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Petersen, Howell Vote for Ban on Smoking in Car With Kids

Virginia Senate bill prohibits smoking in a vehicle when carrying kids aged 15 or younger.

By Paige Baxter, Capital News Service

The Senate today passed a bill to prohibit smoking in a vehicle when a child under 15 is present.

Senators voted 30-10 for the bill, which now goes to the House of Delegates for consideration. All Democrats — including Vienna's senators Chap Petersen (D-Fairfax City) and Janet Howell (D-Reston) — supported the bill, along with half of the Senate Republicans.

Under Senate Bill 975, proposed by Sen. Ralph Northam (D-Virginia Beach and Norfolk), people who violate the proposed law would face a civil penalty of $100.

On the floor of the Senate, Northam said the legislation was inspired by a third-grader who told Northam his parents smoke in the car with him.

“It will protect our children and improve their health and in the end hopefully cut down on health care costs,” Northam said.

Northam’s bill is one of three smoking bans still making their way through the General Assembly.

A House bill, HB 2309, would ban smoking in health care facilities. It is awaiting a vote in the House General Laws Committee.

Another bill in the Senate, SB 1253, would give local governments the authority to ban smoking in public areas such as parks and beaches. The Senate Local Government Committee approved this proposal, 11-4; it is now before the full Senate.

The Fairfax County Board of Supervisors directed its attorney this winter to look into the legality of smoking bans on county property, required courses that would encourage quitting and the consideration of tobacco use in a person’s hiring.

The board would need General Assembly authority to enact the first, its lawyer said; the county can mandate smoking cessation classes for county employees but it cannot require them to "pass" the class or quit smoking.

In 2009, the Board succeeded in banning smoking under bus shelters, but extending that ban to parks and school areas would require the state to sign off as well.

How They Voted

Here is how senators voted on SB 975 on third reading. The bill passed, 30-10.

YEAS – Alexander, Barker, Blevins, Colgan, Deeds, Ebbin, Edwards, Favola, Hanger, Herring, Howell, Locke, Lucas, Marsden, Marsh, McEachin, McWaters, Miller, Newman, Norment, Northam, Petersen, Puckett, Puller, Reeves, Saslaw, Stosch, Stuart, Vogel, Watkins – 30.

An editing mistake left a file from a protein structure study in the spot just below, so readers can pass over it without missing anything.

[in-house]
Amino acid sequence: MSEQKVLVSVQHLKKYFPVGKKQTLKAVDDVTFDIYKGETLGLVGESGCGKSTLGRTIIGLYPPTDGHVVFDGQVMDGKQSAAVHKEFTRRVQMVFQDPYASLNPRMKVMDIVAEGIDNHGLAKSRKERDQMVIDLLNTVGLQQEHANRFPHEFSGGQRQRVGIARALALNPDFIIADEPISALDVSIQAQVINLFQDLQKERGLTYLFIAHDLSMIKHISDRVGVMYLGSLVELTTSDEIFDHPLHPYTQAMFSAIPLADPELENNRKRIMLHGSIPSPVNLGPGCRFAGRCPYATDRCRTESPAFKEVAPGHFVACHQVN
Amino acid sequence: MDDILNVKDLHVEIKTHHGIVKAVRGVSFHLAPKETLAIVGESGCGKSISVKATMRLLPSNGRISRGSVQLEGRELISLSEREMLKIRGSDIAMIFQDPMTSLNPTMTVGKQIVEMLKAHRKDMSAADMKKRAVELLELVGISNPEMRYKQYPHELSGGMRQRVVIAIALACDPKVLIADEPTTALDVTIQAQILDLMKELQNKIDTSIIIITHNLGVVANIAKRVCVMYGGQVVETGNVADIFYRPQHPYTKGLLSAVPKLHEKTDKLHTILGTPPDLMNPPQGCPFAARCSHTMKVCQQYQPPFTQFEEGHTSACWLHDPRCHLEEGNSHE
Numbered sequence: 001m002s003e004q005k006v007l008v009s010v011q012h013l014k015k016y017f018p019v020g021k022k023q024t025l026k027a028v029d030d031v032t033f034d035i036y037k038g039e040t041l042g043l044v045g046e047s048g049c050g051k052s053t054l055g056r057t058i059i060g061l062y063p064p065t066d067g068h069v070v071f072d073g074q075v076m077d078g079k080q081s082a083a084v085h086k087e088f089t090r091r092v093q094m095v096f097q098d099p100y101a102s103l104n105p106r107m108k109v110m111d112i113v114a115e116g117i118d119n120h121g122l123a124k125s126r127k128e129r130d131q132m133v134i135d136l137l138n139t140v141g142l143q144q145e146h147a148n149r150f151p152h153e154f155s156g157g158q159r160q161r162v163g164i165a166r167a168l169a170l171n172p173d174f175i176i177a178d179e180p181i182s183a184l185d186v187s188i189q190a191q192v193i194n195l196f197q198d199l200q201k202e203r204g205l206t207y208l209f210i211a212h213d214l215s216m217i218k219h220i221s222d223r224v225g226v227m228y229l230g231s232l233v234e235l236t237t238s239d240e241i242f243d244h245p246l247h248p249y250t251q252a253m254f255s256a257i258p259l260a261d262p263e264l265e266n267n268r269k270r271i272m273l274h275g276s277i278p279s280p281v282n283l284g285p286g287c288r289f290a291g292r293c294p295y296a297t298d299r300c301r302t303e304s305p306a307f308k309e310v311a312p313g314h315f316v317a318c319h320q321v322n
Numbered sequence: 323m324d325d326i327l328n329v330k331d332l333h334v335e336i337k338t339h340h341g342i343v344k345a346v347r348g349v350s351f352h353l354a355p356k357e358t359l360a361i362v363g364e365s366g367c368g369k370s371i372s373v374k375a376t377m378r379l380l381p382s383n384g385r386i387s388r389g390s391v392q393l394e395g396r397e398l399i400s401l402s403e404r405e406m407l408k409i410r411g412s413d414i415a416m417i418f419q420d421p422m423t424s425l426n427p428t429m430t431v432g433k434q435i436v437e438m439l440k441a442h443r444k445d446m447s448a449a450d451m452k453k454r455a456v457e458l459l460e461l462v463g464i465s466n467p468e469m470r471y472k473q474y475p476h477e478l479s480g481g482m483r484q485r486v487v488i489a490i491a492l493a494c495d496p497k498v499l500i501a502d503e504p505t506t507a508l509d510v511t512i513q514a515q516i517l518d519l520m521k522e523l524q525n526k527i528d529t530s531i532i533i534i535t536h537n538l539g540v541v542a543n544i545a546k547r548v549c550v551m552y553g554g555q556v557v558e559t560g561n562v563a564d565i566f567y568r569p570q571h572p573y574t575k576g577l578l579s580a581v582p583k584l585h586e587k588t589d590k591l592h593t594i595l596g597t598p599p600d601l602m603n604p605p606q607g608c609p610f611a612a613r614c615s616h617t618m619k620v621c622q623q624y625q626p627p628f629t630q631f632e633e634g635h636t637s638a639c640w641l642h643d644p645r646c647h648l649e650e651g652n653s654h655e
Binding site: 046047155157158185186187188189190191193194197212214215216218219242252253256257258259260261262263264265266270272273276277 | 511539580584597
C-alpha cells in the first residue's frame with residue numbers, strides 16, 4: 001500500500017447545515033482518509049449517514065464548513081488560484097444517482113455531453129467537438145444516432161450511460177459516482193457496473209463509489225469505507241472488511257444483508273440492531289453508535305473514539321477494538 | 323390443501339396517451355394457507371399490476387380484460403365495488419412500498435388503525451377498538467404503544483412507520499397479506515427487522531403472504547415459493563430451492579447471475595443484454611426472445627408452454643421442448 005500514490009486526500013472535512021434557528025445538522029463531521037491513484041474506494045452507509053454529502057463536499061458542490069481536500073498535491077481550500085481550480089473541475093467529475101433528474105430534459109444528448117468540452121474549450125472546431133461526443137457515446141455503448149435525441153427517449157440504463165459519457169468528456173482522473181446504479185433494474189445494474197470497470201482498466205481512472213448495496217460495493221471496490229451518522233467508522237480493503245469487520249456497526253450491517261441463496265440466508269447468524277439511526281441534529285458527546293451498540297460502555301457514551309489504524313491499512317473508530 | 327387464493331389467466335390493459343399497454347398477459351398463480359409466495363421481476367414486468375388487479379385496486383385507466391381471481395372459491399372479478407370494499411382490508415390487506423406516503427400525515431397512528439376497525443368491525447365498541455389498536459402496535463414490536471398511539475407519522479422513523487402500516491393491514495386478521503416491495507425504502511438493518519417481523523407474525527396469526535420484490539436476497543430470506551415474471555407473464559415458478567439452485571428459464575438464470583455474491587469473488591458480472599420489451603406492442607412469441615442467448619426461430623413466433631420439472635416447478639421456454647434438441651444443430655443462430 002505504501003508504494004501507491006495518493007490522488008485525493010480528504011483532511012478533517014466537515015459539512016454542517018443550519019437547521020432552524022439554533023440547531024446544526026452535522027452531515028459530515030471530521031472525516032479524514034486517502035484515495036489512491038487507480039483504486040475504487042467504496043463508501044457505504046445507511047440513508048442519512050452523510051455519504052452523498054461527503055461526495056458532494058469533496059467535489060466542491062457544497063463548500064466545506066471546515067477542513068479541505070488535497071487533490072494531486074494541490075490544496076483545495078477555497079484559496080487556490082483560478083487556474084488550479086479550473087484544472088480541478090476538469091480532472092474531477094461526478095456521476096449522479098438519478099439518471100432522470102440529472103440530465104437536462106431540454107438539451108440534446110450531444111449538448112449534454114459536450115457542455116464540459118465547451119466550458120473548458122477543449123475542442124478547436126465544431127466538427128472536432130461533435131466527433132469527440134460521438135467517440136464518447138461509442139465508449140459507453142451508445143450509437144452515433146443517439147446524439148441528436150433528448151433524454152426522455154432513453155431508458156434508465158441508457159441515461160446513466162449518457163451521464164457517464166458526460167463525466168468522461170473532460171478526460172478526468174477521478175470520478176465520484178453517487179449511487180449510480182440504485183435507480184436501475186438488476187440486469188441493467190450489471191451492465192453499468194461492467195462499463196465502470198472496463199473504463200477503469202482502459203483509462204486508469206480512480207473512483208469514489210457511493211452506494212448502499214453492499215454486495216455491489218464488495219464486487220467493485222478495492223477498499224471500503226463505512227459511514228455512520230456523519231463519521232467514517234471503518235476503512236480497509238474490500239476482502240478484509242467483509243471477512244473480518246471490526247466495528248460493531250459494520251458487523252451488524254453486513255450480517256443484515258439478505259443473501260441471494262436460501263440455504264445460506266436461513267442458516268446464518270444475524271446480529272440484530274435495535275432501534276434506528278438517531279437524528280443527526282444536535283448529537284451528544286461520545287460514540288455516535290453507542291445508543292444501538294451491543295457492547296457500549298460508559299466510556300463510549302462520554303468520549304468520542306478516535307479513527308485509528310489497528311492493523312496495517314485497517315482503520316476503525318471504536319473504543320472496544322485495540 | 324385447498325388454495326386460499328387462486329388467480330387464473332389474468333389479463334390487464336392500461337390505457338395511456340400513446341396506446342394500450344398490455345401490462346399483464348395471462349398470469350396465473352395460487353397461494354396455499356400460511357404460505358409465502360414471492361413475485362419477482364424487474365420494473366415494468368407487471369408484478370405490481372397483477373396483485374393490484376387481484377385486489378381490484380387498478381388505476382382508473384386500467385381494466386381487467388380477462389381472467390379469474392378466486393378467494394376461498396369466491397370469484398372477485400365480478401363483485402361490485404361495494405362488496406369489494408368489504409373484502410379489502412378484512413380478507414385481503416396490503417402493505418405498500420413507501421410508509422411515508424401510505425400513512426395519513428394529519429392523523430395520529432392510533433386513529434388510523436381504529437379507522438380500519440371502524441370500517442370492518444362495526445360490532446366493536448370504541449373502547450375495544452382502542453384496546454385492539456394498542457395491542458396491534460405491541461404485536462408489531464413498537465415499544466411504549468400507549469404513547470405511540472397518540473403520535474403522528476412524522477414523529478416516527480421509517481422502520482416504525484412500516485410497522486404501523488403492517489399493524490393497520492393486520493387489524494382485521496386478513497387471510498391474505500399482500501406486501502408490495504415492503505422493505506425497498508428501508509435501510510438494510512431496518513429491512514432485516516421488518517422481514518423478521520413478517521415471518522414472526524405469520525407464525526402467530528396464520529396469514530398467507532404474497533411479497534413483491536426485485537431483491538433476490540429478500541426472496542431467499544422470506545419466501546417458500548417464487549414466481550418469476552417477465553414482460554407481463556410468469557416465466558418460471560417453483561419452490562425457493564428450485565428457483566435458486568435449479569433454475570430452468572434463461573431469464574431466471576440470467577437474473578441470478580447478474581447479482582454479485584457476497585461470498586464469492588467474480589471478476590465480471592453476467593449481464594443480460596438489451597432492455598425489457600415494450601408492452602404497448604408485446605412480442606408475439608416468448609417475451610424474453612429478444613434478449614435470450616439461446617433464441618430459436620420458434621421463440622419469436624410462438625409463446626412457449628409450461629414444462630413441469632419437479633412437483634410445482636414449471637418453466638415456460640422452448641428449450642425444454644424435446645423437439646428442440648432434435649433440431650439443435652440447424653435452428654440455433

NAYS – Black, Carrico, Garrett, Martin, McDougle, Obenshain, Ruff, Smith, Stanley, Wagner – 10.

Keep track of the issues Vienna's legislators are supporting on our Virginia General Assembly 2013 topic page, or, our daily email newsletter.

Patch Editor William Callahan reported for this story.

thomaslaprade February 01, 2013 at 09:43 AM
Parents know best, While I appreciate the desire to protect children from second-hand smoke exposure in cars, I'm afraid that the suggestion to ban smoking in cars occupied by children represents an unwarranted intrusion into the privacy and autonomy of parenthood. The autonomy to make one's own decision about what risks to subject a child to is not to be interfered with lightly. It should only be done in cases where there is a substantial threat of severe harm to the child. Interfering with parental autonomy in a case where there is only minor risk involved is unwarranted. Thomas Laprade
Kelley Chandler February 01, 2013 at 09:34 PM
I disagree with you Thomas. While it would be amazing if all parents knew best for their children the sad truth is they don't. Any parent willing to expose their children to secondhand smoke clearly does not know what is best for them. Until a child reaches the age of 18 and can decided for themselves that they want to smoke they should not be exposed to it. I have seen parents smoke an entire cigarett with the windows rolled up and an infant in the backseat.. do you really think that is what is best for the child? Open your eyes.
Thomas Laprade February 03, 2013 at 04:31 AM
And what if the windows were rolled down..is that OK?
Thomas Laprade February 03, 2013 at 04:32 AM
Don't forget..your car is just an extension of your home
Thomas Laprade February 03, 2013 at 06:29 AM
If we extended the argument of the supporters of this proposed legislation, then we would also have to support laws that regulate a wide range of parental activity that takes place in the private home which places children at increased risk of adverse health effects. We would have to ban parents from smoking in the home. We would have to ban parents from drinking more than a drink or two at a time in the home. We would have to ban parents from using insecticides and pesticides. We would have to ban parents from allowing their children out in the sun without sunscreen. We would have to ban parents from allowing their children to ride giant roller coasters. We would have to ban parents from serving their children foods that contain trans-fats. We would have to ban parents from serving their children peanuts before age 3. We would have to ban parents from allowing their children to drink soda that contains sodium benzoate and citric acid.

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